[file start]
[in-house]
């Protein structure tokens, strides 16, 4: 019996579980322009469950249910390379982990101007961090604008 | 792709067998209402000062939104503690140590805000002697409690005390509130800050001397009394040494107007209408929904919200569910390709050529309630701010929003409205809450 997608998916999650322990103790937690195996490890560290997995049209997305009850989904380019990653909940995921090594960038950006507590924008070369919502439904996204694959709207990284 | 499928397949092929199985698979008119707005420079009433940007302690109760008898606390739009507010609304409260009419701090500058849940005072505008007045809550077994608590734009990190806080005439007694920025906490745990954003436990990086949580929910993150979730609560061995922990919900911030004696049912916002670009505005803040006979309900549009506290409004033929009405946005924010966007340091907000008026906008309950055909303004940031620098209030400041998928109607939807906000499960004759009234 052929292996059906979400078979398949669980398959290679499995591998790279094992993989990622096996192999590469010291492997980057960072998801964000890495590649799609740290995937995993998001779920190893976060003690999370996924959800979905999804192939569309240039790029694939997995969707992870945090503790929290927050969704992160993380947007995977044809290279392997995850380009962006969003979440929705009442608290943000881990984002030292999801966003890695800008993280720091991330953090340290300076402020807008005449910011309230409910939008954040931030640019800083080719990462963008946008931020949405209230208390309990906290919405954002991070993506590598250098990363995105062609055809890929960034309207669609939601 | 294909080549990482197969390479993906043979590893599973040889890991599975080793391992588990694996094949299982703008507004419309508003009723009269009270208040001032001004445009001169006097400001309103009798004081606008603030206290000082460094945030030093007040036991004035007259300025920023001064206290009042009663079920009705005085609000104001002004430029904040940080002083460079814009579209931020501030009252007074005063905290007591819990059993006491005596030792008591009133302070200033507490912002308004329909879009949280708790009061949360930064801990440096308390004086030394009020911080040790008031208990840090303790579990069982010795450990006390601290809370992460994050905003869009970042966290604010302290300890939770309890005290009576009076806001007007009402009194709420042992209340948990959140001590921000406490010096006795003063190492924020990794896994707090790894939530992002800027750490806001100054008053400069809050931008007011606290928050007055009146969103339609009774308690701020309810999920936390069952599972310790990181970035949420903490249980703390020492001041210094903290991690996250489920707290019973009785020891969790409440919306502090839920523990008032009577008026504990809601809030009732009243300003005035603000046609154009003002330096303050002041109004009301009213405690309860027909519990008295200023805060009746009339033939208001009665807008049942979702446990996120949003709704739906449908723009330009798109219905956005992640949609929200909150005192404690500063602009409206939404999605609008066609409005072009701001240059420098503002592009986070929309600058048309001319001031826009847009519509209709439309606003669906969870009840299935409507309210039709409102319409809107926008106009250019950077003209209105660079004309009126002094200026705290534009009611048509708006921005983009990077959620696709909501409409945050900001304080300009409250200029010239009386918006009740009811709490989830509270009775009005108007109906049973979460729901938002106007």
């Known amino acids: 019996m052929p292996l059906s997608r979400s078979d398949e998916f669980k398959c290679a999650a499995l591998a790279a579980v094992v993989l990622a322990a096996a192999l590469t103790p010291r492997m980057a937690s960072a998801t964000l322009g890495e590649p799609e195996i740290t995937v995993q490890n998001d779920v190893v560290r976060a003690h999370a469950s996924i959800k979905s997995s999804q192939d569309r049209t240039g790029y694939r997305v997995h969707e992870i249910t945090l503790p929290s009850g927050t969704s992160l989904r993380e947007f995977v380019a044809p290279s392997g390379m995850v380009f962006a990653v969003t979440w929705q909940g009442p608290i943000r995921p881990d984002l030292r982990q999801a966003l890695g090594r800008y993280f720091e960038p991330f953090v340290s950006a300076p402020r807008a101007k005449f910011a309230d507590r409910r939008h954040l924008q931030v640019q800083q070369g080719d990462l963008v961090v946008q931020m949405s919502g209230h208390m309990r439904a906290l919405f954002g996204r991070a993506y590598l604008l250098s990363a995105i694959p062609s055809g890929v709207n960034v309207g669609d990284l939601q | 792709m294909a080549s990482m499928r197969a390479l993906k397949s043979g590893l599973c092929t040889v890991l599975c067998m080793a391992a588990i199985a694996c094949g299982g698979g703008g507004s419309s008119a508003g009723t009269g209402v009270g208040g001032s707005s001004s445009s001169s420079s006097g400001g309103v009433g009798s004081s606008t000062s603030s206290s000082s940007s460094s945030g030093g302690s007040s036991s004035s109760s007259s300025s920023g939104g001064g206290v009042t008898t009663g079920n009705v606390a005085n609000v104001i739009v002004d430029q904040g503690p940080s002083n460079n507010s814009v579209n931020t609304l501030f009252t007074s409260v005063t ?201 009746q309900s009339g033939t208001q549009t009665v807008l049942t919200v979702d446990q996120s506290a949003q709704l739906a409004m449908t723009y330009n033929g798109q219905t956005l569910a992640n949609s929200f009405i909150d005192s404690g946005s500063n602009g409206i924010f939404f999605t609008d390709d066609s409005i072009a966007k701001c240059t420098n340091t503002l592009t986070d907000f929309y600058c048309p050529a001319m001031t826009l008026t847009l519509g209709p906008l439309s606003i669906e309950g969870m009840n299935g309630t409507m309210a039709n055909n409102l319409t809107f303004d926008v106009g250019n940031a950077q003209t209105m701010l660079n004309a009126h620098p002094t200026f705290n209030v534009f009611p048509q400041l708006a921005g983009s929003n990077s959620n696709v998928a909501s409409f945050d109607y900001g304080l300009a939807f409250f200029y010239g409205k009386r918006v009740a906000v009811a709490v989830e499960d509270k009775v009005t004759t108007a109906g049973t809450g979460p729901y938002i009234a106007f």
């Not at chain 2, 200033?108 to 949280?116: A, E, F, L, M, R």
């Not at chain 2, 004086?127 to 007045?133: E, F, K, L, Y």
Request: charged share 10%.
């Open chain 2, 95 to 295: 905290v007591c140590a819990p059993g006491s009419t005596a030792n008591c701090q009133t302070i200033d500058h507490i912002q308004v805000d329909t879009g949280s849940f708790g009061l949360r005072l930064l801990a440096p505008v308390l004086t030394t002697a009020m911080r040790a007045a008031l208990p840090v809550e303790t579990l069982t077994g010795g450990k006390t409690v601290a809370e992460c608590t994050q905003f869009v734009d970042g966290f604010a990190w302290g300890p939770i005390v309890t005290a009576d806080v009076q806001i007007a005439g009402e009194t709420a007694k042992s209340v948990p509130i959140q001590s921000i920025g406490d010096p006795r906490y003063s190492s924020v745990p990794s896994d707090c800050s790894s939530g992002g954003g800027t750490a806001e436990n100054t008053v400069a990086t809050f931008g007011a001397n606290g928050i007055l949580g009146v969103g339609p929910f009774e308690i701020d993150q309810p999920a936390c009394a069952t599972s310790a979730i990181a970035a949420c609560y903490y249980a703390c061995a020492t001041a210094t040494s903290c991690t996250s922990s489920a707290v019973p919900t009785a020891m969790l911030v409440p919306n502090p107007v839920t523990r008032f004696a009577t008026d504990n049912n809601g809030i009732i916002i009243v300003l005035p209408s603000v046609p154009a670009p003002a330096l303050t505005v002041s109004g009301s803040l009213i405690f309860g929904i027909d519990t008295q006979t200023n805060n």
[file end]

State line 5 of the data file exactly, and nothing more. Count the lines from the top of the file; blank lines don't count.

């Not at chain 2, 004086?127 to 007045?133: E, F, K, L, Y």